Each field has a field data type, or field type. This type indicates the
kind of data the field contains, such as strings or boolean values, and its
intended use. For example, you can index strings to both
text field values are analyzed for full-text
keyword strings are left as-is for filtering and sorting.
Field types are grouped by family. Types in the same family have exactly the same search behavior but may have different space usage or performance characteristics.
Currently, there are two type families,
text. Other type
families have only a single field type. For example, the
boolean type family
consists of one field type:
- Binary value encoded as a Base64 string.
The keyword family, including
Numeric types, such as
double, used to express amounts.
Date types, including
- Defines an alias for an existing field.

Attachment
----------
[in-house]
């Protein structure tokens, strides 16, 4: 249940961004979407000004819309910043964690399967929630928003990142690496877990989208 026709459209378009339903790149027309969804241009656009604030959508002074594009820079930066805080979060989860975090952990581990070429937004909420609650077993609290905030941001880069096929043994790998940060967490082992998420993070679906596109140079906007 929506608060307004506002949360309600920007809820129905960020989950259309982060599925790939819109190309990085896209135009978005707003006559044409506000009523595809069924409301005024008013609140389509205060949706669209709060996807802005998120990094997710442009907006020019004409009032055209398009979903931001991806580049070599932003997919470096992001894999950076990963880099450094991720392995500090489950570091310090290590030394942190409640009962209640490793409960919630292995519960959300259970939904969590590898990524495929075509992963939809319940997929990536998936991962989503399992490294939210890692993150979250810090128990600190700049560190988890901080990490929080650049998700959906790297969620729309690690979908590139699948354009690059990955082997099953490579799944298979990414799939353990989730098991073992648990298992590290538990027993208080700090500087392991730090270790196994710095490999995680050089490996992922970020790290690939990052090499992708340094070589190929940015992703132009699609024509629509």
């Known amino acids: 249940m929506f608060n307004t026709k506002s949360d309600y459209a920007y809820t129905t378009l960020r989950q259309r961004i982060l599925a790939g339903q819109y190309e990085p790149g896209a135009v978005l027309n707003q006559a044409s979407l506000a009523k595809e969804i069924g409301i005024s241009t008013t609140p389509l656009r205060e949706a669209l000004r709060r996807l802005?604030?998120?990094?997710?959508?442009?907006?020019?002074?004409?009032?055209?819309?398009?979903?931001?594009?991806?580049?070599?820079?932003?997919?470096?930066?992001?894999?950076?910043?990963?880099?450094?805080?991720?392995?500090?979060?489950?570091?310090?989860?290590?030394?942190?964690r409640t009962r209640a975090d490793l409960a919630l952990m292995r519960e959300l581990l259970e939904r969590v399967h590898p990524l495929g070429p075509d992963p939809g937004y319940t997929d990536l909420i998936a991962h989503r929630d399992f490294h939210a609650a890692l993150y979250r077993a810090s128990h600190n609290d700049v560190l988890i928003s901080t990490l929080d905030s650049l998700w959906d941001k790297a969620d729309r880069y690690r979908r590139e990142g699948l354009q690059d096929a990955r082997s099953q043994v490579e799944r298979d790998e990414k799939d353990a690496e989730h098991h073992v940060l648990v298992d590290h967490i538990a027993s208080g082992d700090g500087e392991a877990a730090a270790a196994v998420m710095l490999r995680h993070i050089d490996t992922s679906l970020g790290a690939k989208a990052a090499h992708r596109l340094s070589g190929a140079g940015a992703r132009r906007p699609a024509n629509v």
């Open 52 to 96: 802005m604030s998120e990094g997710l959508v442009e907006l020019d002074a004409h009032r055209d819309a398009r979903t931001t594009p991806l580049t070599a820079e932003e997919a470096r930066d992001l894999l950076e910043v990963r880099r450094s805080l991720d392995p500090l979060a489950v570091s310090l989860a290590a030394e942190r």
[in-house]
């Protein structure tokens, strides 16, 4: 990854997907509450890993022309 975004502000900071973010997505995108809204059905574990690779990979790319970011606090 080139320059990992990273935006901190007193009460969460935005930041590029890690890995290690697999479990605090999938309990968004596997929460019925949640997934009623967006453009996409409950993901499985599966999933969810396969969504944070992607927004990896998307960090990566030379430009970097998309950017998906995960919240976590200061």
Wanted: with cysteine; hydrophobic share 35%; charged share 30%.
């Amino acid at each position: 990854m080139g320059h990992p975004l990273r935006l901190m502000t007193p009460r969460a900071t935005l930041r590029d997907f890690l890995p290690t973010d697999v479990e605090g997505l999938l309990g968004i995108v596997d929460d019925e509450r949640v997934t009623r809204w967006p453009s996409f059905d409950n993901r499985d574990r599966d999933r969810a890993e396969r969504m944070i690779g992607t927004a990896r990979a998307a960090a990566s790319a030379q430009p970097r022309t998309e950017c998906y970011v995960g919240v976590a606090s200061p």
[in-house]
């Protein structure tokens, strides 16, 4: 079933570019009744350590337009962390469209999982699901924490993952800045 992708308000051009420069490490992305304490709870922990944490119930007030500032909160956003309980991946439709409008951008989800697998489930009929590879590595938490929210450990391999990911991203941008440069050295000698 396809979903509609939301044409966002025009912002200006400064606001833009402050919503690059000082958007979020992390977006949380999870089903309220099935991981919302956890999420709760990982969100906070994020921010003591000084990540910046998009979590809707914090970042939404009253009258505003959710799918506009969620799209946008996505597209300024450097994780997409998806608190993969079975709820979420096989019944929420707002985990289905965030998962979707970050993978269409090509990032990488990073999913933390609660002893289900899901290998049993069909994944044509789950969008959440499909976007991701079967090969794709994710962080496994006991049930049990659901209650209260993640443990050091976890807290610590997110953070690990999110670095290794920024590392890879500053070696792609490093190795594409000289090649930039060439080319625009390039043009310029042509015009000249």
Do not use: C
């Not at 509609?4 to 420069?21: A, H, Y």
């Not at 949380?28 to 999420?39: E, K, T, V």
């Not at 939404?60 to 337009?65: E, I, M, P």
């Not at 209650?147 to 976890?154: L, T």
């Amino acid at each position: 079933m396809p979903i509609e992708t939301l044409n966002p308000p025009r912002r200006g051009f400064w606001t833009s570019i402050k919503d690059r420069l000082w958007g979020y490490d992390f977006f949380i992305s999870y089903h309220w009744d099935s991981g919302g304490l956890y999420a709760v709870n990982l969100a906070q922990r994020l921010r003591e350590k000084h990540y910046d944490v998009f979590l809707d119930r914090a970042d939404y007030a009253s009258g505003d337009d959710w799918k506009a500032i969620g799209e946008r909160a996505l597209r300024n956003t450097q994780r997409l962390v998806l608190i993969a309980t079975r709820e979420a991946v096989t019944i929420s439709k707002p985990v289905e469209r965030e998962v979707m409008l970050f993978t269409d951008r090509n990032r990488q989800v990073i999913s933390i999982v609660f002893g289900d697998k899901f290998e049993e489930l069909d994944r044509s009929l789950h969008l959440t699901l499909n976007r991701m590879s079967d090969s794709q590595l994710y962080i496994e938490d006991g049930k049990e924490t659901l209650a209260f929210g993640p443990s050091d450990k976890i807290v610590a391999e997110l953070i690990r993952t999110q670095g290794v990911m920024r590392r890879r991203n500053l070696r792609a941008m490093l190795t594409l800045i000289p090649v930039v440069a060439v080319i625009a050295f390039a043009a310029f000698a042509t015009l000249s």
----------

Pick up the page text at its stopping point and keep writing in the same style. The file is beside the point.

Objects and relational typesedit
Structured data typesedit
Aggregate data typesedit
Text search typesedit
The text family, including
match_only_text. Analyzed, unstructured text.
- Text containing special markup. Used for identifying named entities.
- Used for auto-complete suggestions.
text-like type for as-you-type completion.
- A count of tokens in a text.
Document ranking typesedit
Spatial data typesedit
In Elasticsearch, arrays do not require a dedicated field data type. Any field can contain zero or more values by default, however, all values in the array must be of the same field type. See Arrays.
It is often useful to index the same field in different ways for different
purposes. For instance, a
string field could be mapped as
text field for full-text search, and as a
keyword field for
sorting or aggregations. Alternatively, you could index a text field with
standard analyzer, the
english analyzer, and the
This is the purpose of multi-fields. Most field types support multi-fields